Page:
Shop Indie Bookstores

Sunday, July 10, 2005

The People of Paper

OK, I don't know about y'all, but I think this is gorgeous.

And check out the brief review from

Plascencia's mannered but moving debut begins with an allegory for art and the loss that drives it: a butcher guts a boy's cat; the boy constructs paper organs for the feline, who is revivified; the boy thus becomes the world's first origami surgeon. Though Plascencia's book sometimes seems to take the form of an autobiographical attempt to come to terms with a lost love, little of this experimental work—a mischievous mix of García Márquez magical realism and Tristram Shandy typographical tricks—is grounded in reality. Early on we meet a "Baby Nostradamus" and a Catholic saint disguised as a wrestler while following the enuretic Fernando de la Fe and his lime-addicted daughter from Mexico to California. Fernando—whose wife, tired of waking in pools of piss, has left him—settles east of L.A. in El Monte. He gathers a gang of carnation pickers to wage a quixotic war against the planet Saturn and, in a Borges-like discovery, Saturn turns out to be Salvador Plascencia. Over a dozen characters narrate the story while fighting like Lilliputians to emancipate themselves from Plascencia's tyrannical authorial control. Playful and cheeky, the book is also violent and macabre: masochists burn themselves; a man bleeds horribly after performing cunnilingus on a woman made of paper. Plascencia's virtuosic first novel is explosively unreal, but bares human truths with devastating accuracy.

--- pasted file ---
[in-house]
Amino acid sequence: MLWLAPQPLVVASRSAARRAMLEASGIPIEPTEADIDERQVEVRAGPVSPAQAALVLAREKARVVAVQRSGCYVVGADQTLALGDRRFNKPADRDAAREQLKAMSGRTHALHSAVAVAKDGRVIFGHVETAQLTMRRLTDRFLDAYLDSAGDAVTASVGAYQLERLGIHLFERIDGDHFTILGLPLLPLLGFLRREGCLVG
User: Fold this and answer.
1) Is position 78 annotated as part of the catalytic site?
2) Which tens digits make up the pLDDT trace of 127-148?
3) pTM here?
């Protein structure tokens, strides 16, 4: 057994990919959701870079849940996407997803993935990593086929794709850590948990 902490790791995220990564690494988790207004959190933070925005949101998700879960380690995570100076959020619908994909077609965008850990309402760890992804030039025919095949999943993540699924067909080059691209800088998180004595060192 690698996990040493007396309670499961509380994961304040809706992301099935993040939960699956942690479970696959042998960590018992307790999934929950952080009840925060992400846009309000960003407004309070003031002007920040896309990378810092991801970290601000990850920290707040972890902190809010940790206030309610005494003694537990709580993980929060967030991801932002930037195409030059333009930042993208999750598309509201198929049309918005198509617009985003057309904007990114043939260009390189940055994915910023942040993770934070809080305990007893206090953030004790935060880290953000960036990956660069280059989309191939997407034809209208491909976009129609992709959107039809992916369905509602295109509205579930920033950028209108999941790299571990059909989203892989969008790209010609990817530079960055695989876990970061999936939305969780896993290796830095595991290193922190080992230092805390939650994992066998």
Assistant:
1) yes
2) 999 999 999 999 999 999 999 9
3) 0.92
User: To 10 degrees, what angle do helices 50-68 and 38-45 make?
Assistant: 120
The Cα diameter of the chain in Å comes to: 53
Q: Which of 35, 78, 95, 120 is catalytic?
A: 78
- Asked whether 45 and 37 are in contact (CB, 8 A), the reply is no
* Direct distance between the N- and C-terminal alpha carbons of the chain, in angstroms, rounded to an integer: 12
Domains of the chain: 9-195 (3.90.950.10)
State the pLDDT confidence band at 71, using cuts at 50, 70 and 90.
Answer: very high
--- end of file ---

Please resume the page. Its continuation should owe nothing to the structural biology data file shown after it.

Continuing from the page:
trina said...

have you read it yet?-sounds brilliant..
adore the cover too, though it may have been even better if something a little more interesting had been done with the type.

karen said...

I love it. Rare that a publisher allows something so artistic and beautiful.

grandma blue said...

I would have liked to see different type, also. the illustration is beautiful.

trina said...

anyone know who the illustrator is?